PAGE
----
On Monday, Feb 13, the British High Commission hosted a reception to present certificates to the participants of the Chevening Mentoring Scheme for budding journalists from across Pakistan.
The mentorship program, which was launched in 2022, is designed to provide capacity-building opportunities to young female and male journalists by engaging senior journalists from the flagship Chevening South Asia Journalism Programme Fellowship (SAJP) to act as mentors.
As part of the program, four experienced journalists (two male and two female) developed bespoke training modules, selected young journalists, and then shared their knowledge and experience with their mentees in one-on-one leadership sessions and group discussions.
“I was delighted to host such inspiring Chevening mentors and mentees at the High Commission. The Chevening mentorship program for journalists is a fantastic addition to our internationally renowned scholarship program. It promotes inclusion and unlocks talent, which will inevitably lead to a more diverse media landscape in Pakistan,” Zoe Ware, Acting Deputy High Commissioner, at the British High Commission Islamabad, said.
Chevening scholarships are a cornerstone of the UK’s public diplomacy efforts in Pakistan which is an important member of the Commonwealth community. The British High Commission is actively encouraging more women to apply for Chevening scholarships. This focus has resulted in the female intake of Chevening scholars rising to around 60% of the 2021 intake from 6% in 2013.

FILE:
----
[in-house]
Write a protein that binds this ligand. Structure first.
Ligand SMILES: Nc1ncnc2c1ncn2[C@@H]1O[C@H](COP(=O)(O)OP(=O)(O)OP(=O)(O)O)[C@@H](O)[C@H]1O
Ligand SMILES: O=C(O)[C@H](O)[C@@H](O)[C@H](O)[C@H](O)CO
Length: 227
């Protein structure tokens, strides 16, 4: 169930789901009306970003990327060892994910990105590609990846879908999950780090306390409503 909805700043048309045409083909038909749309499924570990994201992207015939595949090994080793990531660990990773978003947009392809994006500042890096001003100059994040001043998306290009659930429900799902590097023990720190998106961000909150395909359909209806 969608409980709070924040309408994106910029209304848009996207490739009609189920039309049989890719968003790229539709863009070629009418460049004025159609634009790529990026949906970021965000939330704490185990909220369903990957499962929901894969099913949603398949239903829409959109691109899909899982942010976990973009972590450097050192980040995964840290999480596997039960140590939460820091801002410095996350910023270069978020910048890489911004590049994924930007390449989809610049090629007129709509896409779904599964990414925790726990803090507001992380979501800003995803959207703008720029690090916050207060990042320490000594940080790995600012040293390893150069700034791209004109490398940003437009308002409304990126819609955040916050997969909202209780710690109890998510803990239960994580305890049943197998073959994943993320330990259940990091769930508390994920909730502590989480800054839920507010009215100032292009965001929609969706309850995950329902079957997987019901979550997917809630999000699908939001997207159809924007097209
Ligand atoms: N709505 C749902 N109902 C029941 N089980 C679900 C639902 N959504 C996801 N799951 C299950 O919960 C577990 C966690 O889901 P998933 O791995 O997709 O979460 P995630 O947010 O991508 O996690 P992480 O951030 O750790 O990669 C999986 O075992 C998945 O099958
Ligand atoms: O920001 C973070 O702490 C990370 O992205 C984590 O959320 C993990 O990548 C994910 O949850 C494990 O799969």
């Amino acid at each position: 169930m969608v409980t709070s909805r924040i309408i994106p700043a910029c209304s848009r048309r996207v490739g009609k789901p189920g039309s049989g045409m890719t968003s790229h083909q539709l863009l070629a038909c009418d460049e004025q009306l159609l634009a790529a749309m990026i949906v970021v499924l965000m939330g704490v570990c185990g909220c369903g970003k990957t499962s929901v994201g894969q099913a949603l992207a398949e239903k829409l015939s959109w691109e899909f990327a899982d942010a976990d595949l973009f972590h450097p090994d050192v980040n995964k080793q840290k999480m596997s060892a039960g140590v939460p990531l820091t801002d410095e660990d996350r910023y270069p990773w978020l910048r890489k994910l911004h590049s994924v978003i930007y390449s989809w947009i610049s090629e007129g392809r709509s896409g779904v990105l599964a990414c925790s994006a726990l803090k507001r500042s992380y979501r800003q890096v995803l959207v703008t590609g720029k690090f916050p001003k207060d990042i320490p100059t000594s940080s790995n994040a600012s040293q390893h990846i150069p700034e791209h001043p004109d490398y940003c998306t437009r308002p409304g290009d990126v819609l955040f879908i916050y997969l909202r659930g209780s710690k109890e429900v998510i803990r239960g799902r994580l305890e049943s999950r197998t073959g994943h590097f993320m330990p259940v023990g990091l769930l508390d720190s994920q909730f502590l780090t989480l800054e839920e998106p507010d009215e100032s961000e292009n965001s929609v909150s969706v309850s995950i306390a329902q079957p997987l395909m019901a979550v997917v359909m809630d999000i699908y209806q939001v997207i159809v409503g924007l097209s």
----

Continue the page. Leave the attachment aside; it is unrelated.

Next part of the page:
The Chevening South Asia Journalism Fellowship (SAJP) is aimed at mid-career journalists from South Asian countries including Afghanistan, Bangladesh, Bhutan, India, Nepal, Pakistan, Sri Lanka, and the Maldives. The fellowship is hosted by the University of Westminster and funded by the UK Foreign, Commonwealth, and Development Office.
The SAJP fellowship offers full program fees, living expenses for the duration of the fellowship, and a return economy flight to the UK. To be eligible for a Chevening SAJP Fellowship, applicants must have at least seven years of work experience prior to applying and a postgraduate-level qualification at the time of application. Applicants should be mid-career journalists working in Pakistan’s political or economic sectors and have a good working knowledge of English (which may be assessed by a qualified English language assessor).
In 2022, the Chevening team launched a Chevening Mentoring Scheme to provide capacity-building opportunities to young journalists by engaging Chevening South Asia Journalism Programme Fellowship SAJP journalists as Mentors. The project was designed for entry-level journalists with leadership potential, to enhance skills, knowledge, and work performance. A total of 4 journalists – including two female journalists – participated as mentors, identified their mentees,s and developed a capacity-building plan for them.
Adnan Amir, a journalist with Nikkie Asia and 2018 Chevening SAJP Fellow, noted that: “Mentoring journalists from Baluchistan under the Chevening Mentoring program was an incredibly fulfilling experience for me. The program provided me with an opportunity to mentor young journalists, who can now go on to play their part in covering important stories affecting the people of Baluchistan”.
Over the last two years, the British High Commission has also offered mentorship programs for lawyers and entrepreneurs under which Chevening alumni mentored 10 mentees which included eight women and two men. The participants developed skills in a wide range of areas from entrepreneurship to law and communications which prepares them to become thought leaders and drive positive change in their chosen fields.